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December 17th, 2009

Privatization Blocked at Military Installations Across U.S.



Congressman Maurice Hinchey
Congressman Maurice Hinchey (D-NY) today secured final House approval of a provision he helped author as part of the fiscal year 2010 Defense Appropriations bill that effectively blocks the Pentagon from moving forward with plans that could have led to the privatization of thousands of jobs at various military installations across the country.  Due to pressure from Hinchey and others, the Army last month abandoned plans to privatize 531 public works and custodial jobs at West Point and instead maintained them as government positions.  While Hinchey's measure was no longer needed in the case of West Point, thousands of other jobs would have remained at risk without passage of the provision Hinchey helped write. 

 

Hinchey, with the assistance of Congressman John Hall (D-NY), helped push the provision through the House in July, but the Senate did not include similar language in its version of the bill.  As House and Senate leaders worked to reconcile the differences in the two versions of the bill, Hinchey was able to convince Senate leaders to go along with the provisions in the House version in order to prevent the thousands of jobs from being privatized through a process known as Office of Management and Budget (OMB) Circular A-76 privatization reviews.  The Senate is expected to pass the final version of the defense bill in the coming days.   

 

"The passage of this bill closes the book on a misguided policy that was exploited by the Bush administration in an attempt to privatize thousands of government jobs," Hinchey said. "Those jobs are safe now and we no longer need to worry about private companies coming in and offering workers lower salaries with little or no benefits while their executives make a fortune.  The men and women who wakeup each day focused on helping our military operations run smoothly should be thanked for their hard work and commitment.  By passing this measure we in the Congress are expressing that much-deserved gratitude and thanks by ensuring that they will continue to have the jobs to which they are so committed.  We are also ensuring that the men and women who work at West Point and other military installations are people who the American people can trust to work at these sensitive facilities and to keep them secure.  Had these jobs been outsourced to private companies we wouldn't have had the kind of control over security that we need at our military installations."  

 

In March, the Pentagon announced its decision to privatize 394 operations and maintenance jobs at West Point that have long been held by government employees.  The Department of Defense revealed it was planning to outsource West Point government jobs to a private company from Georgia.  The 394 workers at West Point subsequently appealed the Defense Department's decision to the Government Accountability Office (GAO), which last month ruled in the workers favor; citing flaws in the cost comparison analysis that would have led to a waste of taxpayer dollars.  Specifically, GAO found that the Pentagon used unrealistic figures provided by the private sector when determining whether it was cost-effective to outsource the government jobs at West Point.  While the findings were supportive of Hinchey's view that the jobs at West Point should not be privatized, the GAO's decision was not binding.  With that in mind, Hinchey and others increased the pressure on the Army to drop the A76 review at West Point.  The Army finally relented to the pressure from Hinchey and others and abandoned its attempt to privatize the jobs at West Points.  The Pentagon also sought to privatize an additional 137 custodial jobs at West Point, but that plan was subsequently jettisoned as well.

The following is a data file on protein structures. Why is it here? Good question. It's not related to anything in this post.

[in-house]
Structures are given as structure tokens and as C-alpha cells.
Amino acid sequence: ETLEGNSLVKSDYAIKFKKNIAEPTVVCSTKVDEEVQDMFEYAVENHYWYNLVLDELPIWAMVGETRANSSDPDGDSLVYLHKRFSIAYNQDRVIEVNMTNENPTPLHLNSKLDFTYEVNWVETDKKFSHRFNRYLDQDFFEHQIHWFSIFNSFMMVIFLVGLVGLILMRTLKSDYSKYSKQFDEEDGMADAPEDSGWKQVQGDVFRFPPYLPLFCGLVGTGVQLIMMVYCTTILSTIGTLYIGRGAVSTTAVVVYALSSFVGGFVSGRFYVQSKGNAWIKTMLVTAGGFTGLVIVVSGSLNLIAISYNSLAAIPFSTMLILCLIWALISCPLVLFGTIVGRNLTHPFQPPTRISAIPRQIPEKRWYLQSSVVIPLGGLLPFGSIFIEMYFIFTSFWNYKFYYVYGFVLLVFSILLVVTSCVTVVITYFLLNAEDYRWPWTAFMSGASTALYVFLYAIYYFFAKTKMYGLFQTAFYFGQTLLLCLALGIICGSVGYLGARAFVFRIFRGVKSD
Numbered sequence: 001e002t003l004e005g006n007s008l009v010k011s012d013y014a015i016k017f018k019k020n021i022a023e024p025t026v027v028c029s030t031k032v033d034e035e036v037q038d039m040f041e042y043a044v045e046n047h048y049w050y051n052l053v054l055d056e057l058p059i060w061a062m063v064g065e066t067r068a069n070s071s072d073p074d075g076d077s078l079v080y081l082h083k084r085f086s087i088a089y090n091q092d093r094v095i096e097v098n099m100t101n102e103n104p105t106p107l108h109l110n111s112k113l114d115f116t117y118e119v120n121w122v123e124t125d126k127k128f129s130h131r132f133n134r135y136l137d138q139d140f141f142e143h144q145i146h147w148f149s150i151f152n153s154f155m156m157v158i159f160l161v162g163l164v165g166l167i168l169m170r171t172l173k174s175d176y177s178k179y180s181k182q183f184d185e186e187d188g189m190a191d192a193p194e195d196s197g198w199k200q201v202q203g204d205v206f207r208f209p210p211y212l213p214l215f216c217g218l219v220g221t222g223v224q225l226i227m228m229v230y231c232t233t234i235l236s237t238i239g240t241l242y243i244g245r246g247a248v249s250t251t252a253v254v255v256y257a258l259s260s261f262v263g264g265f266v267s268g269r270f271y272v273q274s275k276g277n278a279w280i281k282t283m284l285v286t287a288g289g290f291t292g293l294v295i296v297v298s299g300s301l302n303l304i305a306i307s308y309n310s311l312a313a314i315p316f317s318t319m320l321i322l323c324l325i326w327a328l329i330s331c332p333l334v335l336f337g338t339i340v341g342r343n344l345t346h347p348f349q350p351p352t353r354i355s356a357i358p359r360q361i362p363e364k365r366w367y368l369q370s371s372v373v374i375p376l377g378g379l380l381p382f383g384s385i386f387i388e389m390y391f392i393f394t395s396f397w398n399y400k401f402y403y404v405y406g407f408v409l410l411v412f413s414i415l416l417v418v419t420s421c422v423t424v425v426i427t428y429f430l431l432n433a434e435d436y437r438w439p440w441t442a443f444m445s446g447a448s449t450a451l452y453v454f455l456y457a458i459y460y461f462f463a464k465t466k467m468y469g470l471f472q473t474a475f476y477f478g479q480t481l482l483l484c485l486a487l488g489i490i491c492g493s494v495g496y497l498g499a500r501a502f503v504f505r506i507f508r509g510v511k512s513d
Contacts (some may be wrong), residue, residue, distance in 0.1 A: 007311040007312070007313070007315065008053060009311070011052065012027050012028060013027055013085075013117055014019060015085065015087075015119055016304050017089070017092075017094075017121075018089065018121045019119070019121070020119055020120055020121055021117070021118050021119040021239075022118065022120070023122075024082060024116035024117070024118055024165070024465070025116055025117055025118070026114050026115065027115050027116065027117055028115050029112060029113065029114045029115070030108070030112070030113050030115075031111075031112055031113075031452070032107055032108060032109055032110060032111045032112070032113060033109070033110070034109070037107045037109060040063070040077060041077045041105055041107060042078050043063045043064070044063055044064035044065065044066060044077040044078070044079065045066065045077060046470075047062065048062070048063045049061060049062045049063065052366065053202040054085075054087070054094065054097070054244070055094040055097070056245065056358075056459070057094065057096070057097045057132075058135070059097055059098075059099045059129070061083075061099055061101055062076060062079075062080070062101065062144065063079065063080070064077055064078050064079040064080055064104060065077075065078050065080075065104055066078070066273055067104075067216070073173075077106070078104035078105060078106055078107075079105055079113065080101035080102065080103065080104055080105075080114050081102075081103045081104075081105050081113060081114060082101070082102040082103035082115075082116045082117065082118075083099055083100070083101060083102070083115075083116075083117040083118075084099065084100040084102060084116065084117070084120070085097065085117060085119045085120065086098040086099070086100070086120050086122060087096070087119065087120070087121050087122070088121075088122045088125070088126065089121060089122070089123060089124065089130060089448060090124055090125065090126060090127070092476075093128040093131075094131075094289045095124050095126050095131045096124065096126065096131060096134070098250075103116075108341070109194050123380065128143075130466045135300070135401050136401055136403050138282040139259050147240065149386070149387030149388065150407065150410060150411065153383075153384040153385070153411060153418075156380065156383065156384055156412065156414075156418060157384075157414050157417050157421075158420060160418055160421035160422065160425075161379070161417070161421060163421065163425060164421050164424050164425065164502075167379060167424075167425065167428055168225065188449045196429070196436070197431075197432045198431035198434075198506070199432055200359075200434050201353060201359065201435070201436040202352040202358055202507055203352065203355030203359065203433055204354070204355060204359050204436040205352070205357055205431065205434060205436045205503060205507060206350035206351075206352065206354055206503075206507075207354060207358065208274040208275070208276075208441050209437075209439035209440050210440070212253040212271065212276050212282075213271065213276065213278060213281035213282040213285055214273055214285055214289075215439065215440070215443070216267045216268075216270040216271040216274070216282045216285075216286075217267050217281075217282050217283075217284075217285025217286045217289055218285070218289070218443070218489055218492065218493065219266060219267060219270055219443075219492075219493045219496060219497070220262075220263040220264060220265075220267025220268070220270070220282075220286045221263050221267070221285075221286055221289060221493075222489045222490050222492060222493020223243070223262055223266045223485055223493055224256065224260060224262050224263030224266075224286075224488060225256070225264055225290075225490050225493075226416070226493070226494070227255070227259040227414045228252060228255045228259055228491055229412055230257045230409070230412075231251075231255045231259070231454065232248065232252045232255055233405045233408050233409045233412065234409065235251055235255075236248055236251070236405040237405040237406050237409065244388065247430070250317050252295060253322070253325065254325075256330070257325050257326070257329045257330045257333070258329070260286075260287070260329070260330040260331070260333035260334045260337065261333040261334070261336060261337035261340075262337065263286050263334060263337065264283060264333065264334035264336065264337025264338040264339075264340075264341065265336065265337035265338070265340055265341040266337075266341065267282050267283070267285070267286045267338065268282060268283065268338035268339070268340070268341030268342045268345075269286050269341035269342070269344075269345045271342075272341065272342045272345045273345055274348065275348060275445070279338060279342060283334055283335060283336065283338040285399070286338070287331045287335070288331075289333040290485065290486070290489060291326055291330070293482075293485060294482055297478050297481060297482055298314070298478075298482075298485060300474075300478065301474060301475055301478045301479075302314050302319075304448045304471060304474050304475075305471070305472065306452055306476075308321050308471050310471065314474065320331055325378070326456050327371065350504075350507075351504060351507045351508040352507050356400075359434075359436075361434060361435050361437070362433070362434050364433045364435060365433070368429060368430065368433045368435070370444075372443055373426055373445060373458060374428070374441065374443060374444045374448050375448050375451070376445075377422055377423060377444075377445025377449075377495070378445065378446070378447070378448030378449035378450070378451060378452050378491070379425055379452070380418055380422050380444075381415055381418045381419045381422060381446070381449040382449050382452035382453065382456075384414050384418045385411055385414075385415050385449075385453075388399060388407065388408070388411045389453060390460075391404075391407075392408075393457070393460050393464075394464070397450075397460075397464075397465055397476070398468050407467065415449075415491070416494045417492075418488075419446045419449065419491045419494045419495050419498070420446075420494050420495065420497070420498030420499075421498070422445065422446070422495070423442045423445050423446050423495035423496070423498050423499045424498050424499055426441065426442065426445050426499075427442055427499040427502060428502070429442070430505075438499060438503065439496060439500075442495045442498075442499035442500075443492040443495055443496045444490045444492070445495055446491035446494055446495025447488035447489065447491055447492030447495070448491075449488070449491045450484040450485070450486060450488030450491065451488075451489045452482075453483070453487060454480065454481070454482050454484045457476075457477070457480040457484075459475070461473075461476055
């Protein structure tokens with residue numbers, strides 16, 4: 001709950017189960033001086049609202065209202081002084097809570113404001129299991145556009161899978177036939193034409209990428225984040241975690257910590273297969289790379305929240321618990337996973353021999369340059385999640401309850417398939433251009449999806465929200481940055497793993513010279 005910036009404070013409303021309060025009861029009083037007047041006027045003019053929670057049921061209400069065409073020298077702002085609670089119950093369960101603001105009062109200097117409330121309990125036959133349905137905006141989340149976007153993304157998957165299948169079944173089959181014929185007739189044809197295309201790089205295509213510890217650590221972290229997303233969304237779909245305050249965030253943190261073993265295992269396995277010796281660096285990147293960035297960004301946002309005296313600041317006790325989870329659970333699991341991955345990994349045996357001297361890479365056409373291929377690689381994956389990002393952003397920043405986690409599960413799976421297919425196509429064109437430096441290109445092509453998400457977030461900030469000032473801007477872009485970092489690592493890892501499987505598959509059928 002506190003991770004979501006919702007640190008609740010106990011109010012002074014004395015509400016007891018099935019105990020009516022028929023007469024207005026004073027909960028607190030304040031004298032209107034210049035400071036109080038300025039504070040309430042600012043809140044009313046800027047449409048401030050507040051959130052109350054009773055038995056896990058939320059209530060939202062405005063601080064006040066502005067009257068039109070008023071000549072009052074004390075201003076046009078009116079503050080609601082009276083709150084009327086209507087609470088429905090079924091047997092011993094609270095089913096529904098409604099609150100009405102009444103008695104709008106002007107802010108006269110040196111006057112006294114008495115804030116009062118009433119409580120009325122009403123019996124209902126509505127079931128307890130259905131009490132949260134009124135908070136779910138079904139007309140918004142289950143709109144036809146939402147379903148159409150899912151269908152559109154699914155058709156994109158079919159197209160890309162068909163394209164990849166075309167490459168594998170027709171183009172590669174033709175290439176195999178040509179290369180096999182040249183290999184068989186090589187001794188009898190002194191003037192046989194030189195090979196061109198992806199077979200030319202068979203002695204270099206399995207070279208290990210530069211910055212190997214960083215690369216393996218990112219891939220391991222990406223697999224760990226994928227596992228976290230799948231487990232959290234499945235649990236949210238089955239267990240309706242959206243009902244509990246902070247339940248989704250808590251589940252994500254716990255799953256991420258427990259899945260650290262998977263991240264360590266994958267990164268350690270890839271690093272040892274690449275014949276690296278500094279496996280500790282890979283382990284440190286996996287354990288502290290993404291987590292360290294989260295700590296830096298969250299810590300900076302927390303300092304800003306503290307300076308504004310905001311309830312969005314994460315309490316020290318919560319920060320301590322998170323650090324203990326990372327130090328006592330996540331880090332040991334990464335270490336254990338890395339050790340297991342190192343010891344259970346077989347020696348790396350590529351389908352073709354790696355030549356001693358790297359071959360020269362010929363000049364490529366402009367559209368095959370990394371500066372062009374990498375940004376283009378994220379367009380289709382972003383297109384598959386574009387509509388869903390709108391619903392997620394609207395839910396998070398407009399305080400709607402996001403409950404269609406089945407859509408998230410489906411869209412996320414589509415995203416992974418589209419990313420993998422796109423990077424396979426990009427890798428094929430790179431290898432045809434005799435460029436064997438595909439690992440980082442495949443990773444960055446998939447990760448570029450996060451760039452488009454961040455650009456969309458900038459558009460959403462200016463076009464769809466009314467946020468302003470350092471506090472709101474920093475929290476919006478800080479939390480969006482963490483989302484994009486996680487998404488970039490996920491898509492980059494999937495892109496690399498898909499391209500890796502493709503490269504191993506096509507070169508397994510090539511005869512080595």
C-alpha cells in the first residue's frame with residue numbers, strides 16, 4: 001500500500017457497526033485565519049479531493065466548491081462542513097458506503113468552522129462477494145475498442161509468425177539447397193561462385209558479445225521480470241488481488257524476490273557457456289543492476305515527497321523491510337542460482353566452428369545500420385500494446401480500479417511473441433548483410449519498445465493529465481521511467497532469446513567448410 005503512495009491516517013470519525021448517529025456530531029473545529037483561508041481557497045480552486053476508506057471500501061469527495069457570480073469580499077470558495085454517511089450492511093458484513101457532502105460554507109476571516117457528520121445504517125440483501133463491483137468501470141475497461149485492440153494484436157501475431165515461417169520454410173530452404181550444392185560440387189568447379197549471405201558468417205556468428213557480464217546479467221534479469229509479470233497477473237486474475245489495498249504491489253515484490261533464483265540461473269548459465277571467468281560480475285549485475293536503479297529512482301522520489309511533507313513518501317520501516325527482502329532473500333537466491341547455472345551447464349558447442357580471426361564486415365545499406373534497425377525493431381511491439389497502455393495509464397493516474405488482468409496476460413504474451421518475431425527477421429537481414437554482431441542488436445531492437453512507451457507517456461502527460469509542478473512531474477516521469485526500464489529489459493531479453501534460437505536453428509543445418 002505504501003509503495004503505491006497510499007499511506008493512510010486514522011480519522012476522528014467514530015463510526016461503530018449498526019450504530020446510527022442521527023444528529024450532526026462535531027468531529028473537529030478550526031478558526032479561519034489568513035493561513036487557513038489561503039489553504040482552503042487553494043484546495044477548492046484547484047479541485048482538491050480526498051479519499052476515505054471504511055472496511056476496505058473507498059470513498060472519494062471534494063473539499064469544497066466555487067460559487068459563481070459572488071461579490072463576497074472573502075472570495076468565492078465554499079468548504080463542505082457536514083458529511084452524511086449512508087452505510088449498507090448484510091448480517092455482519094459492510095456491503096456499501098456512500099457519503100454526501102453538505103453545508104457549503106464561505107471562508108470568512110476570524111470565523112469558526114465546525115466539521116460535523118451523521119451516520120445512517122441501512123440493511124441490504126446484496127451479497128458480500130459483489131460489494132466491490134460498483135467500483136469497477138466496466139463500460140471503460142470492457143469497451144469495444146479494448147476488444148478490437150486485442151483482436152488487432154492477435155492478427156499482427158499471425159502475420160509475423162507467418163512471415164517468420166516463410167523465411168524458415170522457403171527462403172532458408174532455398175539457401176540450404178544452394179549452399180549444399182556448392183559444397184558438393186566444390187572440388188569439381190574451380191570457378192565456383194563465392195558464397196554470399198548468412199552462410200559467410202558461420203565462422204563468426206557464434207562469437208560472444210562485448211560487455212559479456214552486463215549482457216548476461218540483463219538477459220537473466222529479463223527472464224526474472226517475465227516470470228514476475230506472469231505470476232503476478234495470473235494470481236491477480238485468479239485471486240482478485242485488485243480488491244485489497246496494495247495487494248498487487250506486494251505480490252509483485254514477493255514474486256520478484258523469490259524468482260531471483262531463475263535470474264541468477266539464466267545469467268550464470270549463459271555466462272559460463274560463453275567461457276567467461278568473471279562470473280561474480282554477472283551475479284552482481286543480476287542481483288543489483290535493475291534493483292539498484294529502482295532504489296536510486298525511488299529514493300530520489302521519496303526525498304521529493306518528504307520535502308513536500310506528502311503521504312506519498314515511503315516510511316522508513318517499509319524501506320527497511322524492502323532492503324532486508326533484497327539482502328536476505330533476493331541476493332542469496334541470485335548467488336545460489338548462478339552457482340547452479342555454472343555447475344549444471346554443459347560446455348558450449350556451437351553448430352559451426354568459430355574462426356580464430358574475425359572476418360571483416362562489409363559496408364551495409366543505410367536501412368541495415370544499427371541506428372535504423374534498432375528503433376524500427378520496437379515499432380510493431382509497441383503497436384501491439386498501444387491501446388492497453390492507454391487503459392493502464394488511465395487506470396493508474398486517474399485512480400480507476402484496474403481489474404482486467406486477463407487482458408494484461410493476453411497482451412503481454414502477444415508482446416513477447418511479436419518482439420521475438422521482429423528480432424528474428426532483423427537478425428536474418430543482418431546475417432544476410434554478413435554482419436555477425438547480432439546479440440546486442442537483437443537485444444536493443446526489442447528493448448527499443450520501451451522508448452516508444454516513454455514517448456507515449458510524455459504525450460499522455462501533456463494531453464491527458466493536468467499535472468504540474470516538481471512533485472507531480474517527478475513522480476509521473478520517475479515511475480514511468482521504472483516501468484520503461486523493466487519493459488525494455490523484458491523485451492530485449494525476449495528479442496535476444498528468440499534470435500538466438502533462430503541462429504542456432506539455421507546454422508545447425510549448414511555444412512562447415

As part of the bill that passed the House today, the congressman also secured the inclusion of an additional provision that would block the privatization of more than 20 positions that manage the water and wastewater utilities at West Point.  All totaled, 551 jobs at West Point that were once threatened to be privatized have been saved.

 

While the provision Hinchey and Hall successfully helped push through the House was no longer needed at West Point, the measure approved today in the House prevents all other A76 privatization efforts from being carried out.  Those privatization reviews were started during the Bush administration.  Prior to the Army sparing the jobs at West Point, a Pentagon document showed that 3,575 civilian jobs and 2,394 military jobs were in jeopardy of being privatized.  The provision Hinchey helped draft will prevent any jobs from being privatized. 

 

Earlier this year, Congress passed legislation that President Obama subsequently signed into law that bars any future privatization studies.  Since the West Point study and others were already underway, government jobs at the academy and elsewhere were still eligible to be privatized.  Hinchey worked closely with House Appropriations Subcommittee on Defense Chairman John Murtha (D-PA) to ensure the inclusion of the provision blocking the privatization of government jobs.


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